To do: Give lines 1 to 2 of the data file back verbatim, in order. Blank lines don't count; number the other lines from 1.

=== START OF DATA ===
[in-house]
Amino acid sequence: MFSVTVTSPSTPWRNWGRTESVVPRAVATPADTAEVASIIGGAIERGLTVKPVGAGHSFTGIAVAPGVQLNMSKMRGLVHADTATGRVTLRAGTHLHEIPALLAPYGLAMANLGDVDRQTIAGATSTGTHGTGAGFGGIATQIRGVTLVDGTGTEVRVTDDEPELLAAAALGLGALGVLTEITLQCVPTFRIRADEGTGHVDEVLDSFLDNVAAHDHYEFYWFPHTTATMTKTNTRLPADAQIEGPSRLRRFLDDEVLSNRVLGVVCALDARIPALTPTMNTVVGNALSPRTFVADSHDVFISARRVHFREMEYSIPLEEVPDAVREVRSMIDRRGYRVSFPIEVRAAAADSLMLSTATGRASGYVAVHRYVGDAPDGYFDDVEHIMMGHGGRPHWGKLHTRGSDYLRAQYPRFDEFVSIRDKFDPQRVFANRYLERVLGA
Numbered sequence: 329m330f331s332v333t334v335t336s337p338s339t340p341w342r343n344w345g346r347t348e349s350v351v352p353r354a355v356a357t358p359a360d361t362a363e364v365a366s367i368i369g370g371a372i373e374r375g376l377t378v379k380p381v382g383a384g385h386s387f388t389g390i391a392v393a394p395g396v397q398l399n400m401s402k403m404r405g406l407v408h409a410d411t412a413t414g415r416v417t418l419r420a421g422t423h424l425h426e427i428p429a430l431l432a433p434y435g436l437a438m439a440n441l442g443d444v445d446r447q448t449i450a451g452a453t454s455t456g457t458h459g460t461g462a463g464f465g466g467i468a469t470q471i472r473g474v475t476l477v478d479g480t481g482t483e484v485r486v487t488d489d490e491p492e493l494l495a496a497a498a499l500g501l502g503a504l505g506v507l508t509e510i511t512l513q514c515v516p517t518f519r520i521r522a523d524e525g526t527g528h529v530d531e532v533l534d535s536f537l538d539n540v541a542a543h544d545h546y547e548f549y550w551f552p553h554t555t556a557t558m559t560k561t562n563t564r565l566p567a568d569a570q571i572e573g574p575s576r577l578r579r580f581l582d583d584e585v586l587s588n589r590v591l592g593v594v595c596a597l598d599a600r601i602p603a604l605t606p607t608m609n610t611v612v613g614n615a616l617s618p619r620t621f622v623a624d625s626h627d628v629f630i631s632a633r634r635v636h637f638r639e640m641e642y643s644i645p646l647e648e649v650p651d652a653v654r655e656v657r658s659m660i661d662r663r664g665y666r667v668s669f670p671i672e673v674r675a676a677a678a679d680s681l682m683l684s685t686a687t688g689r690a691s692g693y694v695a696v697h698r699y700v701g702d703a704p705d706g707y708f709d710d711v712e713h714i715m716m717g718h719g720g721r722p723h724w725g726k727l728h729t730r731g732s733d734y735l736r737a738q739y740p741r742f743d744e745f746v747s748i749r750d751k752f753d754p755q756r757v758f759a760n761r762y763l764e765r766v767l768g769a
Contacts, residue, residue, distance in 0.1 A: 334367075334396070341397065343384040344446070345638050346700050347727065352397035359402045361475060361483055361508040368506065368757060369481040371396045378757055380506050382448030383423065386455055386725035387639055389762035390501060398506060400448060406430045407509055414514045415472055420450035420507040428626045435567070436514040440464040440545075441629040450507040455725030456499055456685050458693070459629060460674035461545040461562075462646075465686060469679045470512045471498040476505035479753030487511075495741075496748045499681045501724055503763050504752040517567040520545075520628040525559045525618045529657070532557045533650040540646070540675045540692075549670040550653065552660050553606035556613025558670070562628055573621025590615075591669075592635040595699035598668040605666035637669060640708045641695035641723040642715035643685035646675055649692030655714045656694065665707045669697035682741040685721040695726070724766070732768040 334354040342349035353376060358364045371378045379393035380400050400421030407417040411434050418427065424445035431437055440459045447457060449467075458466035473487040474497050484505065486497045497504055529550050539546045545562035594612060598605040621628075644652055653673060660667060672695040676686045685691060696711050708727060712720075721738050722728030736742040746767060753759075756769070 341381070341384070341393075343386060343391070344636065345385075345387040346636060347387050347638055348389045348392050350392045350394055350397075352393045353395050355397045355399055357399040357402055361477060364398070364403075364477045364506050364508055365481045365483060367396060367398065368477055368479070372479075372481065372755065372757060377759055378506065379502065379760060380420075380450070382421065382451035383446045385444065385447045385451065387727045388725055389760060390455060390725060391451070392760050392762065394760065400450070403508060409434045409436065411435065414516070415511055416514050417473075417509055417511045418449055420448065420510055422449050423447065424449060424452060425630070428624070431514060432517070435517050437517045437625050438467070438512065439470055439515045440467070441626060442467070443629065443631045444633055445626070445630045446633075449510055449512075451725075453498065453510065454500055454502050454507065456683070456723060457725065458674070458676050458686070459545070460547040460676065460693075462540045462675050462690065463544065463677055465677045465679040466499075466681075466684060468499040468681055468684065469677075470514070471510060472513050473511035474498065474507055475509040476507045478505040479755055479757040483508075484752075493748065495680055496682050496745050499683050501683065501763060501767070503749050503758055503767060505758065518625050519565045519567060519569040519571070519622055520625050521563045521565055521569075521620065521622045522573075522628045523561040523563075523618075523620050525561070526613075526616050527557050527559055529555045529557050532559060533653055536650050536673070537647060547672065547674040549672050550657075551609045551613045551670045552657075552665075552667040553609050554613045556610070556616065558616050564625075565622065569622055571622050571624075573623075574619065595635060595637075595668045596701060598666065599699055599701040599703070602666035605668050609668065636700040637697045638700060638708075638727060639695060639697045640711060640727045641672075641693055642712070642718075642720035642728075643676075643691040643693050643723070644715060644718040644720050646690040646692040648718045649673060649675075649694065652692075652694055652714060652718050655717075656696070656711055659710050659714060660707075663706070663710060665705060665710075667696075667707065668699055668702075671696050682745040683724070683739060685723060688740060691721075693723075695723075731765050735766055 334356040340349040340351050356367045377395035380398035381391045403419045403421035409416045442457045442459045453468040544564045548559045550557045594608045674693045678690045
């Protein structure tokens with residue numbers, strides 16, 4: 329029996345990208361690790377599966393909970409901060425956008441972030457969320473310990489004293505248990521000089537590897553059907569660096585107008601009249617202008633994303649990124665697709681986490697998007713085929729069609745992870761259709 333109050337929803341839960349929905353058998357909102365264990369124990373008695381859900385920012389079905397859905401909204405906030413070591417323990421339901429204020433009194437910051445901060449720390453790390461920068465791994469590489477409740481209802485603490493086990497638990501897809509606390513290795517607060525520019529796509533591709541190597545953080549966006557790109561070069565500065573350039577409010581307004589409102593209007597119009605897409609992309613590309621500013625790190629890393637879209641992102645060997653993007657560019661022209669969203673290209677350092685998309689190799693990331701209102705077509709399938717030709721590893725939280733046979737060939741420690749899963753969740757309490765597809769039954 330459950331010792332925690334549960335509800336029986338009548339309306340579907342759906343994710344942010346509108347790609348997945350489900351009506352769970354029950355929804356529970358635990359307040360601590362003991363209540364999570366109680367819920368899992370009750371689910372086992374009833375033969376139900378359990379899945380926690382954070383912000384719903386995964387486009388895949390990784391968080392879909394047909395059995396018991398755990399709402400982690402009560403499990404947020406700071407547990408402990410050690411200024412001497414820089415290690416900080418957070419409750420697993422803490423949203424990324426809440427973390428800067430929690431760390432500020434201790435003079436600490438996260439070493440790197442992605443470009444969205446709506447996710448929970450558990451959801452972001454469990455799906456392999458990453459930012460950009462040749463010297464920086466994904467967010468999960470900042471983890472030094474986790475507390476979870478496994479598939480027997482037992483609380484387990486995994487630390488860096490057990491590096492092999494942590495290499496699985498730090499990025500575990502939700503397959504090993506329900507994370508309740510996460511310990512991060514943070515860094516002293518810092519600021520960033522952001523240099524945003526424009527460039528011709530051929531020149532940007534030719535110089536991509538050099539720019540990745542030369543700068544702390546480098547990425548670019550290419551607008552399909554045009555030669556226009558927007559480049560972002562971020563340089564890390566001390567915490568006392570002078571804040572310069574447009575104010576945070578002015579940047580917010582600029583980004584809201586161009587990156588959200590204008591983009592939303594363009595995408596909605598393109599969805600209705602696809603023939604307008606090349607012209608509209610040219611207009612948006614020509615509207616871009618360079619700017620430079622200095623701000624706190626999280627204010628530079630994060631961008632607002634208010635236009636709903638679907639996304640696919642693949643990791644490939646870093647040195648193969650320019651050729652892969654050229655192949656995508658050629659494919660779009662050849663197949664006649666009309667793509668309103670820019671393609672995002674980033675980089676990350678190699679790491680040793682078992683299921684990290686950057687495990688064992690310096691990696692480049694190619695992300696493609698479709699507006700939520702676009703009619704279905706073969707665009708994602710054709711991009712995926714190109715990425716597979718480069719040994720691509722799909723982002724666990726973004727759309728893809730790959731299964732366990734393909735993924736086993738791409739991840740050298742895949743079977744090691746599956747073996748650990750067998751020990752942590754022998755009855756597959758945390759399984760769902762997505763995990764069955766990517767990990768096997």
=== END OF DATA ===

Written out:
[in-house]
Amino acid sequence: MFSVTVTSPSTPWRNWGRTESVVPRAVATPADTAEVASIIGGAIERGLTVKPVGAGHSFTGIAVAPGVQLNMSKMRGLVHADTATGRVTLRAGTHLHEIPALLAPYGLAMANLGDVDRQTIAGATSTGTHGTGAGFGGIATQIRGVTLVDGTGTEVRVTDDEPELLAAAALGLGALGVLTEITLQCVPTFRIRADEGTGHVDEVLDSFLDNVAAHDHYEFYWFPHTTATMTKTNTRLPADAQIEGPSRLRRFLDDEVLSNRVLGVVCALDARIPALTPTMNTVVGNALSPRTFVADSHDVFISARRVHFREMEYSIPLEEVPDAVREVRSMIDRRGYRVSFPIEVRAAAADSLMLSTATGRASGYVAVHRYVGDAPDGYFDDVEHIMMGHGGRPHWGKLHTRGSDYLRAQYPRFDEFVSIRDKFDPQRVFANRYLERVLGA